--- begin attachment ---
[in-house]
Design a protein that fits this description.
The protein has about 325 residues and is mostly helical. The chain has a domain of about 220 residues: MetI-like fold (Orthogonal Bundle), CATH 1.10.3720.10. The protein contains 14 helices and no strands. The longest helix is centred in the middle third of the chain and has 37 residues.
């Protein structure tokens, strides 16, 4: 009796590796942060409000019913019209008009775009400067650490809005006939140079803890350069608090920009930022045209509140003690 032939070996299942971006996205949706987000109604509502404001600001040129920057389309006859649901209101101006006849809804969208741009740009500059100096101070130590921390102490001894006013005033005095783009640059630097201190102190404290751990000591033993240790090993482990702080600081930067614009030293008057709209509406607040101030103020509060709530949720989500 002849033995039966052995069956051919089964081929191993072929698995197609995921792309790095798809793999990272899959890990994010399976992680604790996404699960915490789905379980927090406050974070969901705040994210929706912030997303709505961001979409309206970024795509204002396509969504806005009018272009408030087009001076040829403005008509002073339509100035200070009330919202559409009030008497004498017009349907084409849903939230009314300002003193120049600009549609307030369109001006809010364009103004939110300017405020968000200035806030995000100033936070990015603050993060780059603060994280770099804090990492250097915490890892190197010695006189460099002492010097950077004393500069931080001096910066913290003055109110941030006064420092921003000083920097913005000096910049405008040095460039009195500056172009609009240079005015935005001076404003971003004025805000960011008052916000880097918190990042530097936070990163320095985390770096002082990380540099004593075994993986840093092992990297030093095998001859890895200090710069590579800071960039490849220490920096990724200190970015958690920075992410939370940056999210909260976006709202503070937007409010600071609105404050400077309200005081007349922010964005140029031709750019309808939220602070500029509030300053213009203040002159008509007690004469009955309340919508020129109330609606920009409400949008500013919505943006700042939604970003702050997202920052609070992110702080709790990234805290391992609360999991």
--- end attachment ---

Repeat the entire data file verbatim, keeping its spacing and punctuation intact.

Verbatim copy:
[in-house]
Design a protein that fits this description.
The protein has about 325 residues and is mostly helical. The chain has a domain of about 220 residues: MetI-like fold (Orthogonal Bundle), CATH 1.10.3720.10. The protein contains 14 helices and no strands. The longest helix is centred in the middle third of the chain and has 37 residues.
């Protein structure tokens, strides 16, 4: 009796590796942060409000019913019209008009775009400067650490809005006939140079803890350069608090920009930022045209509140003690 032939070996299942971006996205949706987000109604509502404001600001040129920057389309006859649901209101101006006849809804969208741009740009500059100096101070130590921390102490001894006013005033005095783009640059630097201190102190404290751990000591033993240790090993482990702080600081930067614009030293008057709209509406607040101030103020509060709530949720989500 002849033995039966052995069956051919089964081929191993072929698995197609995921792309790095798809793999990272899959890990994010399976992680604790996404699960915490789905379980927090406050974070969901705040994210929706912030997303709505961001979409309206970024795509204002396509969504806005009018272009408030087009001076040829403005008509002073339509100035200070009330919202559409009030008497004498017009349907084409849903939230009314300002003193120049600009549609307030369109001006809010364009103004939110300017405020968000200035806030995000100033936070990015603050993060780059603060994280770099804090990492250097915490890892190197010695006189460099002492010097950077004393500069931080001096910066913290003055109110941030006064420092921003000083920097913005000096910049405008040095460039009195500056172009609009240079005015935005001076404003971003004025805000960011008052916000880097918190990042530097936070990163320095985390770096002082990380540099004593075994993986840093092992990297030093095998001859890895200090710069590579800071960039490849220490920096990724200190970015958690920075992410939370940056999210909260976006709202503070937007409010600071609105404050400077309200005081007349922010964005140029031709750019309808939220602070500029509030300053213009203040002159008509007690004469009955309340919508020129109330609606920009409400949008500013919505943006700042939604970003702050997202920052609070992110702080709790990234805290391992609360999991």